advertising and other stuff. no, really.

Monday, December 13, 2010

Grab what you want, it’s free, right?

“I would have never heard of these writers or books had the net not been around and had they not been shared.”

So goes a typical response to the story of an author complaining that pirated copies of her work are eroding her income from sales. This is the same author who also has zero problem with designer knockoff handbags or downloading thousands of free songs. There may be *good* reasons in theory for why someone shares, (exposure to new music, The Man™ is screwing me, etc.), but no matter what excuse it is, the creator of the work ends up getting screwed. Do those arguments hold up anymore, if they ever did?

If you don’t want to be screwed by record labels, then supports artists who distribute directly. I also get that hearing new music via streaming sites turns you on to stuff you might not otherwise hear. But that only means something if you end up buying something from them. I’m sure the authors in the quote up top would be glad to hear new people have discovered them, but are they supposed to live on good reviews and love? In theory, this argument says you’re supposed to hear something, like it, then pay for it.*

That’s in theory though because how many people actually do that vs. burning music free on a CD or storing files on their drive. I come back to the creator of the work being the only one with the right to determine how much – if anything — they should charge for their work – not the end user. If the artist wants to give it away, cool. But at least they made that decision, it wasn’t made for them. Last I looked we’re still in a global economy dependent on monetary compensation in exchange for services rendered – not a barter system.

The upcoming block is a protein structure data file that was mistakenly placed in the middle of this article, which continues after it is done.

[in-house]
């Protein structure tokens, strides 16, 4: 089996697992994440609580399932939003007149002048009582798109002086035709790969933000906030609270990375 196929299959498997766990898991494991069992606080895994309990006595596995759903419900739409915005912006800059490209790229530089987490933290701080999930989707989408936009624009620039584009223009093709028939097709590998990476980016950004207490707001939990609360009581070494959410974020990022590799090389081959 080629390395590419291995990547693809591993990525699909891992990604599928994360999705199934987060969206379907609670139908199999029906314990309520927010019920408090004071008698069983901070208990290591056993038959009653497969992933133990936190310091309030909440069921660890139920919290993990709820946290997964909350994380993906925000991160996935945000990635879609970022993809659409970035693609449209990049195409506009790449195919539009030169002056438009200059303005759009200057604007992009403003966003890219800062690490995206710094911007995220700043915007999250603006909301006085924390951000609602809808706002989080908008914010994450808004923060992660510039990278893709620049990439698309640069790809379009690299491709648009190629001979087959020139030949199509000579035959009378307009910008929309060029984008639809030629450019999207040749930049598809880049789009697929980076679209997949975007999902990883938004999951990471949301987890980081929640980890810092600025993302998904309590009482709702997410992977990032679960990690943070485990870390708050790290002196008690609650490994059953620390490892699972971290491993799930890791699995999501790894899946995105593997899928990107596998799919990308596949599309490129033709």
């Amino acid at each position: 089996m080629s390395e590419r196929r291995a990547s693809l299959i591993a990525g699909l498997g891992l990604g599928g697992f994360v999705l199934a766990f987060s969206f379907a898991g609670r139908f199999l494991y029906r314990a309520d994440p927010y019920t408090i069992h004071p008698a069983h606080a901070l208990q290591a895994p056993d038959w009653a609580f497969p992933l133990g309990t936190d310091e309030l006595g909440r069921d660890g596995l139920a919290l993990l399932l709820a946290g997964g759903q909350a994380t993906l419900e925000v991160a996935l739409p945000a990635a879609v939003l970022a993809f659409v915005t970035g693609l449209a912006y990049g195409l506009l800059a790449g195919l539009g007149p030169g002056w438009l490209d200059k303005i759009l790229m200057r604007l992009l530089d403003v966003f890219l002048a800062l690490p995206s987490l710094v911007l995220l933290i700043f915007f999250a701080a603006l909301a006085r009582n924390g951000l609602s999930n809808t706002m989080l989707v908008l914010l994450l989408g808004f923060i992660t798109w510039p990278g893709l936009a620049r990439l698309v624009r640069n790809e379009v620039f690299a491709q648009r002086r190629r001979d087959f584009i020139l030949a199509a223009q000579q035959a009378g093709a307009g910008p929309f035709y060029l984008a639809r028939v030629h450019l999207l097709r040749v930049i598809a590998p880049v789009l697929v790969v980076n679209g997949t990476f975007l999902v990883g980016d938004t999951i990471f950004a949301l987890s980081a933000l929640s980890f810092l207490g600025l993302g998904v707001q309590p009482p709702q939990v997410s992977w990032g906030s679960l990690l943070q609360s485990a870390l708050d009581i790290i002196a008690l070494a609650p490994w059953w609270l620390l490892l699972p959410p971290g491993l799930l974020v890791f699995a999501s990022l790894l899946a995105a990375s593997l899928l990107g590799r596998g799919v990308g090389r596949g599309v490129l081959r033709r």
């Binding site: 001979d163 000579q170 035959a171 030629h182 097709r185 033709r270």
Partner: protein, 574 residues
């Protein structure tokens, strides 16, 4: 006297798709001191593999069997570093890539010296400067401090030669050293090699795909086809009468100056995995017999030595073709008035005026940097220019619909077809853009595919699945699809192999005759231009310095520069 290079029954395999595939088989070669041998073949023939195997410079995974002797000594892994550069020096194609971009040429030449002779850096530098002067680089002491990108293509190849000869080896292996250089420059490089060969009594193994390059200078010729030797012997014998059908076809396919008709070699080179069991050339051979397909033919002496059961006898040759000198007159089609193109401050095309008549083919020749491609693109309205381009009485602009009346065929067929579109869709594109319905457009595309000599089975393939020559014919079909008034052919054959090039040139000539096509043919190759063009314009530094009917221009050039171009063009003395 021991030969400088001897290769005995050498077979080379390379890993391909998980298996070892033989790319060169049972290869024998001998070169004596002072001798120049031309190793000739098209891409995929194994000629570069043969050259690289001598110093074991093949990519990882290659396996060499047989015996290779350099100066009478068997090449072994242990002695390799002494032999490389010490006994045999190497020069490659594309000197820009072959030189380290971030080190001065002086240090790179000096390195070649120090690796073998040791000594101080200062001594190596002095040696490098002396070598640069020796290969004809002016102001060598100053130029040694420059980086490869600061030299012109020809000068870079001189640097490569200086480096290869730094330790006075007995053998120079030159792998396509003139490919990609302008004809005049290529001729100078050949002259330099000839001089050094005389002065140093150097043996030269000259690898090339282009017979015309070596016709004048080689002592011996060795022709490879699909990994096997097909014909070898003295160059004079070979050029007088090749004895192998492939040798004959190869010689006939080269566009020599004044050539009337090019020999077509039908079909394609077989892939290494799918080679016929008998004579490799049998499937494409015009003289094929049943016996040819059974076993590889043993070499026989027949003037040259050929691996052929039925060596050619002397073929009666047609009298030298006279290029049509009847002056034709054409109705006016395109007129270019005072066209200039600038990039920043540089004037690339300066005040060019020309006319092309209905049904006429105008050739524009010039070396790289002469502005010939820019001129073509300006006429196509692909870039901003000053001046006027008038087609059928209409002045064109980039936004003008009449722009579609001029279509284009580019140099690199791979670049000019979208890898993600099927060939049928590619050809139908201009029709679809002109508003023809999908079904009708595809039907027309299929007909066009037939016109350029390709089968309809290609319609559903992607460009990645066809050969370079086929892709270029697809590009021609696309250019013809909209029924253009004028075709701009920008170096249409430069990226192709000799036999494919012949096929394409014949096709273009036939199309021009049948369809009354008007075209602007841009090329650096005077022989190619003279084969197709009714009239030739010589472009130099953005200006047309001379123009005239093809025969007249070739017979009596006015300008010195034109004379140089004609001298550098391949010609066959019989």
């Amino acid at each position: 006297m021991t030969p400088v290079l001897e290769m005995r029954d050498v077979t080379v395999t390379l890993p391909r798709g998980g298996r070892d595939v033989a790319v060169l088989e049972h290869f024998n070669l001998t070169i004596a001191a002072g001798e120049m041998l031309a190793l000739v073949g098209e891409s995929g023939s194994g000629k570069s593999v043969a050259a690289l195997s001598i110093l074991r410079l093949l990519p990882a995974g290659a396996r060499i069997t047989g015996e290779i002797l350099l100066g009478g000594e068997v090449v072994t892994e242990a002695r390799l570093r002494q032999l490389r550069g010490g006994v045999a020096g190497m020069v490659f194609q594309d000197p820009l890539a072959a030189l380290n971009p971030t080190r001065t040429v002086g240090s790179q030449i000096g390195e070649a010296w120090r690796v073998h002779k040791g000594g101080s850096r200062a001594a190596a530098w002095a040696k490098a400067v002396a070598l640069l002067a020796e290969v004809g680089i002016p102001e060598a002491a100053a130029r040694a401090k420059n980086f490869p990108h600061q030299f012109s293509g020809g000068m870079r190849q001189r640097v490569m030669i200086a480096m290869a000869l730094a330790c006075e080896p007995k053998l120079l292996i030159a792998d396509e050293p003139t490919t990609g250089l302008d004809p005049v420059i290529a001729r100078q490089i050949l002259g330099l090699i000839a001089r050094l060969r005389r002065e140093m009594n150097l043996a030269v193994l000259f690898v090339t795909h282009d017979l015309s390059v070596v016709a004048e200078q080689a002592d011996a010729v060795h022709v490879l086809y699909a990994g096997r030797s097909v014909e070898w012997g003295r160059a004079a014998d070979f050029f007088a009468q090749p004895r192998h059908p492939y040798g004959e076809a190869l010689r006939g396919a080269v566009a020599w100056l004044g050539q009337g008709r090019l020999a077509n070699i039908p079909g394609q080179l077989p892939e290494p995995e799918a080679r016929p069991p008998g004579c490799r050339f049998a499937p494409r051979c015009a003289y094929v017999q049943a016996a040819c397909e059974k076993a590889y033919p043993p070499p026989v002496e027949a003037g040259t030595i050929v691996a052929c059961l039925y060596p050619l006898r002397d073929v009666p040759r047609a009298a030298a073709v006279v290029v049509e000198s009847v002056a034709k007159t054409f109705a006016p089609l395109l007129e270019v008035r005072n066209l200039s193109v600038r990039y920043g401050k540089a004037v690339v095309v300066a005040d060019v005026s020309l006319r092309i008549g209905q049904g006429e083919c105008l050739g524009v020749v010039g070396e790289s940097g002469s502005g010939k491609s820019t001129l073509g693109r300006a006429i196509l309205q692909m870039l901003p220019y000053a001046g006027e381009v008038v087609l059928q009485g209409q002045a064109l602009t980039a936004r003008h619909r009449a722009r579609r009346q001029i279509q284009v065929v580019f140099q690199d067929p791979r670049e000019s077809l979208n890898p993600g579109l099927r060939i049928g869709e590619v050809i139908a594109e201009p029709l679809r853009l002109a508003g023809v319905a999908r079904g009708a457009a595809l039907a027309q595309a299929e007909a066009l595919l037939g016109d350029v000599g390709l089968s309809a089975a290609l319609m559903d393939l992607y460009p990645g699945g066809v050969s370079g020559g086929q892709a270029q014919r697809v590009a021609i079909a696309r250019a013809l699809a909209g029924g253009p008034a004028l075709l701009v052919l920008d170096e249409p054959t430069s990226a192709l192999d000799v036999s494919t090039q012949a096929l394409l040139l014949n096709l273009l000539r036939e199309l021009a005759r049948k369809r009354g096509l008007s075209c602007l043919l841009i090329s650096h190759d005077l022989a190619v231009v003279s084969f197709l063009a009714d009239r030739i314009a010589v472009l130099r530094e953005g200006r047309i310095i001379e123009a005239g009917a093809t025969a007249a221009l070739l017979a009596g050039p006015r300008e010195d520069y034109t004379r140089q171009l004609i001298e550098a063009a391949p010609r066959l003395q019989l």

A Radiohead can ask you to pay what you want because they already have a catalog of titles you have to pay set prices on. But imagine if every band produced, distributed and promoted their music for free? How could they live? How could anyone in any profession do that? I know several bands support themselves with alternative revenue streams via concerts, DVDs, etc. But not the majority of bands can do that – or would.

So until that changes, I don’t know of any other solution except to respect the creators and pay them.

*Pirate disclaimer: Yes, I’ve used shared copies of applications or fonts when I couldn’t afford to pay for the full versions. While I also won’t download tunes without paying, let’s just say the music industry is insane if if thinks downloading files is the only way people can get music.

No comments: